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Lateral violence on the other hand, undermines and attacks identity, culture and community. That’s an enriched environment..many other environments, including Koorie organisations are environments of poverty...cultural poverty, social poverty and in environments of enrichment people can grow and flourish’. ‘It affects the way I walk the land, having seen so much violence. This model distinguishes between cultural awareness, cultural safety and cultural security which Coffin argues have been inappropriately interchanged.In this Chapter I will be looking at ways to establish an environment that ensures: The concepts of cultural safety and security are illustrated through a selection of case studies highlighting promising practices that are occurring both within our communities and in partnership with government. Under this conception an organisation cannot progress to cultural security without first addressing cultural safety and cultural awareness.
For Aboriginal and Torres Strait Islander peoples a culturally safe environment is one where we feel safe and secure in our identity, culture and community. ‘I felt outcast and alone in all white environments’. Cultural Security recognises that this is not an optional strategy, nor solely the responsibility of individuals, but rather involves society and system levels of involvement.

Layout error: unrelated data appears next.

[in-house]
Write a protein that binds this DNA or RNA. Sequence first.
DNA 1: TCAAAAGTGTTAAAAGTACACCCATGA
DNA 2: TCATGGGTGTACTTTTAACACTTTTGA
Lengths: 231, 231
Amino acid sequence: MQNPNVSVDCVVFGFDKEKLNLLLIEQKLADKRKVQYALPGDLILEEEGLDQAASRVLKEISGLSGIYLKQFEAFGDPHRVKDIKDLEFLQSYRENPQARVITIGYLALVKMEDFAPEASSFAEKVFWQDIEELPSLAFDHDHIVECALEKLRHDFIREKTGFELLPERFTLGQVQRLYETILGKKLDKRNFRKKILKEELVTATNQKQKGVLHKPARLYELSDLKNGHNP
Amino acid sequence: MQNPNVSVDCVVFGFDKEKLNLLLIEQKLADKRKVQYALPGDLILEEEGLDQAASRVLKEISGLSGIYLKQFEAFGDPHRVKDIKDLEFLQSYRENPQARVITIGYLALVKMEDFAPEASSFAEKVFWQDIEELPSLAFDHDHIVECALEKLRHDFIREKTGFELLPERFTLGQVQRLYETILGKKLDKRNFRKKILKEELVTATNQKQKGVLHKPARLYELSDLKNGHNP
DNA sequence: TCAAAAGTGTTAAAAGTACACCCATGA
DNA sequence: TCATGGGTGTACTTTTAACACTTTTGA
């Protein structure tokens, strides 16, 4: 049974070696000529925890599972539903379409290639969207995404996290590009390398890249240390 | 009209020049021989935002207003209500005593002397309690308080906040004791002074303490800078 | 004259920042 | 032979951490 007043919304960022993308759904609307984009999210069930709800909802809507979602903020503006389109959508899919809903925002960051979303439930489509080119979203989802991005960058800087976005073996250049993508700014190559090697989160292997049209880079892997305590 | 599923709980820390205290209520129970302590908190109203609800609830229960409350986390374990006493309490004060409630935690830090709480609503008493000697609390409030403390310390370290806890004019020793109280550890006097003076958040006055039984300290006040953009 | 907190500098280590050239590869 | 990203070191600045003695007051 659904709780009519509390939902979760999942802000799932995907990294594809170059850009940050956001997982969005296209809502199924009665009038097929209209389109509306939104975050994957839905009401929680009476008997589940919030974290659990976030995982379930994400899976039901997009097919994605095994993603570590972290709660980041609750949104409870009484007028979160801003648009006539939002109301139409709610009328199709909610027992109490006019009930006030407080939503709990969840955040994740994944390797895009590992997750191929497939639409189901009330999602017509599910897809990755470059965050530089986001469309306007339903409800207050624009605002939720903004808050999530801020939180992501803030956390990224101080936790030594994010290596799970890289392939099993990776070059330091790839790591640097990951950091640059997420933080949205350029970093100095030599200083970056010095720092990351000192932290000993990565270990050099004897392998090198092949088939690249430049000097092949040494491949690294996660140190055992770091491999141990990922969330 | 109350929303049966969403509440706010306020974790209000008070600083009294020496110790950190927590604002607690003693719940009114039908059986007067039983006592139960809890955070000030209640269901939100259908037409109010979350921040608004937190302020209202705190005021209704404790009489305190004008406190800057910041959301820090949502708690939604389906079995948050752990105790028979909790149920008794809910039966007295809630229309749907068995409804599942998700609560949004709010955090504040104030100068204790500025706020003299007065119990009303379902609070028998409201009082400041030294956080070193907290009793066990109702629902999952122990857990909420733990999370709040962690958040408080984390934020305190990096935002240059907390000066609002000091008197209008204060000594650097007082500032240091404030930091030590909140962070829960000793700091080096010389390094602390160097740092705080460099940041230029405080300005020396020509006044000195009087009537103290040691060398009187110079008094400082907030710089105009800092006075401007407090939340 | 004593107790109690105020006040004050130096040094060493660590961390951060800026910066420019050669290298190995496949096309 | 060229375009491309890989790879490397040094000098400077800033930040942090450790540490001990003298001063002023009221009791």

‘Increased understanding, increased empathy, decreased apathy, decreased racism in the mainstream community’. VACCA conceives of cultural safety as re-claiming cultural norms and creating environments where Aboriginal people transition; first from victimhood to survivors of oppression, through to seeing themselves and their communities as achievers and contributors.
This approach is deliberate; you have to understand the ‘why’, that is, have a big picture view of a problem and solutions, before you can go about the ‘how’ of implementing a response.
Naming lateral violence becomes an action of prevention.
As I have said in Chapter 2, we know that the conversation around lateral violence is not an easy one.
These case studies are an opportunity to give some recognition to communities and organisations that are innovating in the field of lateral violence.
But it is also more than an exercise in celebration and recognition.
We are kicking goals, opening doors and breaking through the glass and brown ceilings.
And, yet, the times when we wholeheartedly and unanimously celebrate these achievements are relatively few.
However, I also believe that communities inherently hold the best solutions to their own problems.
This is the strengths-based approach that I am always advocating.
Cultural safety encapsulates the relationships that we need to foster in our communities, as well as the need for cultural renewal and revitalisation. Security: ‘I am going to write a note to Johnny’s family and ask the Aboriginal Health Worker (AHW) to deliver and explain it.